How to Protect Japanese Maple Trees From Frost and High Wind

Overview

Most varieties of Japanese maple are cold hardy down to minus 0 degrees F for the tree, but have much more sensitive root stocks that can only tolerate minus 14 degrees F. However, protecting the root stock from sudden, unexpected drops in temperature is generally a good idea. Japanese maples can be damaged by cold, drying winds in winter. Planning for this in location selection is the best protection, but wrapping your tree can help protect it during unusually cold wind storms.

Step 1

Plant your tree in a location that is not susceptible to drying winter winds. If your tree is already in a location that gets direct winter winds, consider transplanting the tree to a more protected location.

Step 2

Prune your maple with a pair of sharp pruning shears in late fall or early winter to reduce stress from cold and wind.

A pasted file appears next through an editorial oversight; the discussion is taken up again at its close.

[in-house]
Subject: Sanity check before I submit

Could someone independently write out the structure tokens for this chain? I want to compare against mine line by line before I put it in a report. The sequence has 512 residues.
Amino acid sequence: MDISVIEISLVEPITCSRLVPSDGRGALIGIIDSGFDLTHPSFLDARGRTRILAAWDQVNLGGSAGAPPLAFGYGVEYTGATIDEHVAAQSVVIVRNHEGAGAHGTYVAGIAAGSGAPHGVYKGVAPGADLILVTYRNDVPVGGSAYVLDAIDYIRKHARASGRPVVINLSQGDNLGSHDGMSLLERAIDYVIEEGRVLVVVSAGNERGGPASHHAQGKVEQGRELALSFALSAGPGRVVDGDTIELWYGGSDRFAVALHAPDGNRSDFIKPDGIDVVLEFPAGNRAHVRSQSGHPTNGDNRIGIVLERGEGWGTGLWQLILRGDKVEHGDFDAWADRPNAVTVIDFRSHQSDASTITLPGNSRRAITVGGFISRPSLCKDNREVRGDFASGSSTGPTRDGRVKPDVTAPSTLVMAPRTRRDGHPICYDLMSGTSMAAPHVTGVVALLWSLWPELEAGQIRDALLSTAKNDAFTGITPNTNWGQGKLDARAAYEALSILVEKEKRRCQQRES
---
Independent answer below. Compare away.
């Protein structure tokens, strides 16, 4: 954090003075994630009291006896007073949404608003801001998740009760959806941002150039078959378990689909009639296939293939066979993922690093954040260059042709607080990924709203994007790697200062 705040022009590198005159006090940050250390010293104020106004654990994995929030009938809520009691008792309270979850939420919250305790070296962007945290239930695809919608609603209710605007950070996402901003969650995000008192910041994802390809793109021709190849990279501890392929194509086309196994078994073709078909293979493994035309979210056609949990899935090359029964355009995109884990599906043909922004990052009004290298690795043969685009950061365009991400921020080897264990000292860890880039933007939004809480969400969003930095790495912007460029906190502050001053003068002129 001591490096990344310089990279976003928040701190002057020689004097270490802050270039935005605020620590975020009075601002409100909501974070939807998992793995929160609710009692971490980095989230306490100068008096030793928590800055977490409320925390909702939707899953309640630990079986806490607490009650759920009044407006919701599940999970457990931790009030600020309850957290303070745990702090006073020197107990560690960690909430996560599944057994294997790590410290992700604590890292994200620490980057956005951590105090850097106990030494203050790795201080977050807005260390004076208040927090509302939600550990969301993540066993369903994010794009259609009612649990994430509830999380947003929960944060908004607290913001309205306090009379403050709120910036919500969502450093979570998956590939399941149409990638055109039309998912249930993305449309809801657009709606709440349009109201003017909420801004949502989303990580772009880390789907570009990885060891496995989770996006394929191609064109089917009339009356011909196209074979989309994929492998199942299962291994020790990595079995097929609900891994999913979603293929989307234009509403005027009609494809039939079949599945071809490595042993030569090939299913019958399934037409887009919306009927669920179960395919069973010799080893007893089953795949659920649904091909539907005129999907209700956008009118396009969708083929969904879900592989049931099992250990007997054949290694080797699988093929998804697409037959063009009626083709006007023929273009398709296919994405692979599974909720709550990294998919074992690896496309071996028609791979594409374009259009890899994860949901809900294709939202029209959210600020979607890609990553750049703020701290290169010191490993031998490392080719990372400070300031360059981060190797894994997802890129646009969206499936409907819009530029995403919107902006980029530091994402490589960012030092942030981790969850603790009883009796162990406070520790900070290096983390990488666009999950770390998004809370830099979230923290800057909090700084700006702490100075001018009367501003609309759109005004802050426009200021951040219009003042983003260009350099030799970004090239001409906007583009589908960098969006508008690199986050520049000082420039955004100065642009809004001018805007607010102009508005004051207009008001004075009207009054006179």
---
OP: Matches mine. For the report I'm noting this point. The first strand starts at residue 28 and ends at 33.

Step 3

Mulch your maple with four to six inches of straw, dry leaves, or other mulch with a high air content. Mulch an area as wide as the reach of your tree's branches. For example, if your tree is six feet wide, mulch three feet on each side.

Step 4

Protect your tree from expected wind storms by wrapping it in plastic sheeting. Although it's best to plant your tree in a protected location, temporary wrapping in plastic can prevent damage from unusually cold winds and storms.

Things You'll Need

  • Pruning shears
  • Straw or leaves for mulch
  • Plastic
  • String or rope

References

  • Ohio State University Extension: Deciduous Trees for Ohio
  • Marin County Cooperative Extension: Japanese Maples in Your Garden
  • Pacific Coast Maples: Hardiness Zones for Japanese Maples

Who Can Help

  • Washington State University: Dealing With Winter Damage
  • Harvard University: The Larz Anderson Collection of Japanese Dwarf Trees
Keywords: japanese maple care, japanese maple protection, winter maple protection

About this Author

Christopher Earle is a freelance writer based in Denver, Colo. He has been writing since 1987 and has written for NPR, The Associated Press, the Boeing Company, Ford New Holland, Microsoft, Active Voice, RAHCO International and Umax Data Systems. He studied creative writing at Mankato State University in Minnesota.